Where once the rhynchocephalians had an amazing range on the earth, they have since been relegated to the small islands of New Zealand.

It is believed that the ancestors of the tuataras reached New Zealand 140 million years ago (right around the close of the Jurassic), but no actual fossils dating back more than 25 thousand years have been found. These fossils show that the tuatara used to range throughout the two main islands of New Zealand. Now though, they are restricted to 30 small islands off the northeast coast of the North Island and in Cook Strait. Half of these islands measure a mere 25 acres or less.

Most tuatara inhabited islands are not researcher friendly, being partially or entirely cliff-bound, they are frequently exposed to strong winds which stunts the native vegetation.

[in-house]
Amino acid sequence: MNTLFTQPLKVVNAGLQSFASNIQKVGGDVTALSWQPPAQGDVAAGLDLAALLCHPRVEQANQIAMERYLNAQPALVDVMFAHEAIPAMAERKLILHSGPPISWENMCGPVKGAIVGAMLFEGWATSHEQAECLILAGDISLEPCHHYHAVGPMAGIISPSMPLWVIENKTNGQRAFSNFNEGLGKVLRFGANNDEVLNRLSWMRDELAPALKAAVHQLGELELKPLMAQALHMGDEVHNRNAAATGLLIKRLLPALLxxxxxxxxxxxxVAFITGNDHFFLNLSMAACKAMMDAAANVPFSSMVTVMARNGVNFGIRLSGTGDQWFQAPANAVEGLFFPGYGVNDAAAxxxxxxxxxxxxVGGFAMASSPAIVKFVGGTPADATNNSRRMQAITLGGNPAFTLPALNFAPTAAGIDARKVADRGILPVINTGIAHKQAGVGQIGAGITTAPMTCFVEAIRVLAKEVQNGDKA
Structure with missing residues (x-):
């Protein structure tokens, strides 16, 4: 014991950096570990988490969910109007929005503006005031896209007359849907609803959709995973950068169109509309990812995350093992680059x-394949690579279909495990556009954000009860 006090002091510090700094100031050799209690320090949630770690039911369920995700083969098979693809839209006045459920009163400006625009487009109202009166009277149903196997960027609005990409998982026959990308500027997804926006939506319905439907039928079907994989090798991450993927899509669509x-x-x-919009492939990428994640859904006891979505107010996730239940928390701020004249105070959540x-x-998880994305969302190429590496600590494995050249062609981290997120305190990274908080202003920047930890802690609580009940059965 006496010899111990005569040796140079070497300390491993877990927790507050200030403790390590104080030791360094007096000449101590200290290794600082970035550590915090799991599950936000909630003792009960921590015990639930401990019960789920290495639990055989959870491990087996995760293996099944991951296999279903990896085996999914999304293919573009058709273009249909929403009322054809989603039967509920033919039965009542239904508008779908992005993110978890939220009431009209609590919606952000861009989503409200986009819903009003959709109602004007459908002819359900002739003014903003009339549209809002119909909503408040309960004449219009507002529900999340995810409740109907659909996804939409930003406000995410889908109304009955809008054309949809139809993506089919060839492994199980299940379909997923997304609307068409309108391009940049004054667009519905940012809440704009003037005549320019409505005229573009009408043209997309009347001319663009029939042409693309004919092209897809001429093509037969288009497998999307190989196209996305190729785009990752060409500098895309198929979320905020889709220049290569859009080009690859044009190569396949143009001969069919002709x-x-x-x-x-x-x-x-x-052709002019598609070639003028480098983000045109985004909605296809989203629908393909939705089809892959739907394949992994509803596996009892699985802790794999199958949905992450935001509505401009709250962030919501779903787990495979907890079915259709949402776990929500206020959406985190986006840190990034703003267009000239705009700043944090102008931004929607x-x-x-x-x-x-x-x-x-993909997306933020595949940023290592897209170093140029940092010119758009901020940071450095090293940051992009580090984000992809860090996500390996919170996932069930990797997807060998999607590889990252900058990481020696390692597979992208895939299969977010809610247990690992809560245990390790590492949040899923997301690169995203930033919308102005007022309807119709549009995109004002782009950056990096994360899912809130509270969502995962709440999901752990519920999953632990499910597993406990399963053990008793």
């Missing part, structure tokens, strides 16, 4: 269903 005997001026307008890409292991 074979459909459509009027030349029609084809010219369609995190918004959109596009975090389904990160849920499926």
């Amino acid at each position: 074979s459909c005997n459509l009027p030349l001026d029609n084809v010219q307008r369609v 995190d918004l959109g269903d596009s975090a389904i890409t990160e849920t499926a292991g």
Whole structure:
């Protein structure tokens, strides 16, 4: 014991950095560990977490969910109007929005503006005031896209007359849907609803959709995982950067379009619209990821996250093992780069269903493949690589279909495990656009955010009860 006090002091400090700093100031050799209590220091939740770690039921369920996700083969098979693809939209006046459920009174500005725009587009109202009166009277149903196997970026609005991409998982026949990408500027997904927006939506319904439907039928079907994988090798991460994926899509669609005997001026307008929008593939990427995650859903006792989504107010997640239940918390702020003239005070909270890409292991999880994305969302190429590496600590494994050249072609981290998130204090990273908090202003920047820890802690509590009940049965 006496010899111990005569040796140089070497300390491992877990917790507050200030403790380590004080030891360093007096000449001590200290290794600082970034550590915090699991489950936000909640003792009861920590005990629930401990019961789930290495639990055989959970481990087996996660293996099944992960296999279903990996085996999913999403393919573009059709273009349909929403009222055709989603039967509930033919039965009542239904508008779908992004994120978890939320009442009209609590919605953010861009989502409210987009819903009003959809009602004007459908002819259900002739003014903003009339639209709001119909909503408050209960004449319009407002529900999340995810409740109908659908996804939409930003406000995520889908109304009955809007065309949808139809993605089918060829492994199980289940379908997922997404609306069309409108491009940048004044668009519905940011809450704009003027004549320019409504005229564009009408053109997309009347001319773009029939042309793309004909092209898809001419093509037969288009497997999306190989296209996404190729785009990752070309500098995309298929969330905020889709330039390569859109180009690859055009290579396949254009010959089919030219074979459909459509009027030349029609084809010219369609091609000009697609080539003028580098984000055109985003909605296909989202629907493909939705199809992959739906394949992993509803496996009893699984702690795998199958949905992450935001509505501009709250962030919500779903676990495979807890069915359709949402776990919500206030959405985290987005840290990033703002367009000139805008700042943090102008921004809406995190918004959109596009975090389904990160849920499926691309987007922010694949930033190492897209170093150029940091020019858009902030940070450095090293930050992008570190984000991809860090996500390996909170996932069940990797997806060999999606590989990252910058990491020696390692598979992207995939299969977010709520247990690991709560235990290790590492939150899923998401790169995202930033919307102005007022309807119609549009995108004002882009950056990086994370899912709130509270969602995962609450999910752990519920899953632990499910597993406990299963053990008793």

It has been noted that many tuatara inhabited islands are also home to small sea birds like petrels and shearwaters. It has also been noted that these birds play a vital role in tuatara life. For they both provide housing and food for these reptiles. A petrel burrow complete with guano makes not only for a good place to sleep, but also a nice breeding ground for invertebrates, which comprise a large portion of tuatara diet.

Although inverts are a large portion of the food, adult animals are quite capable of taking down and eating the adults, chick and eggs of the many petrels that live on the islands.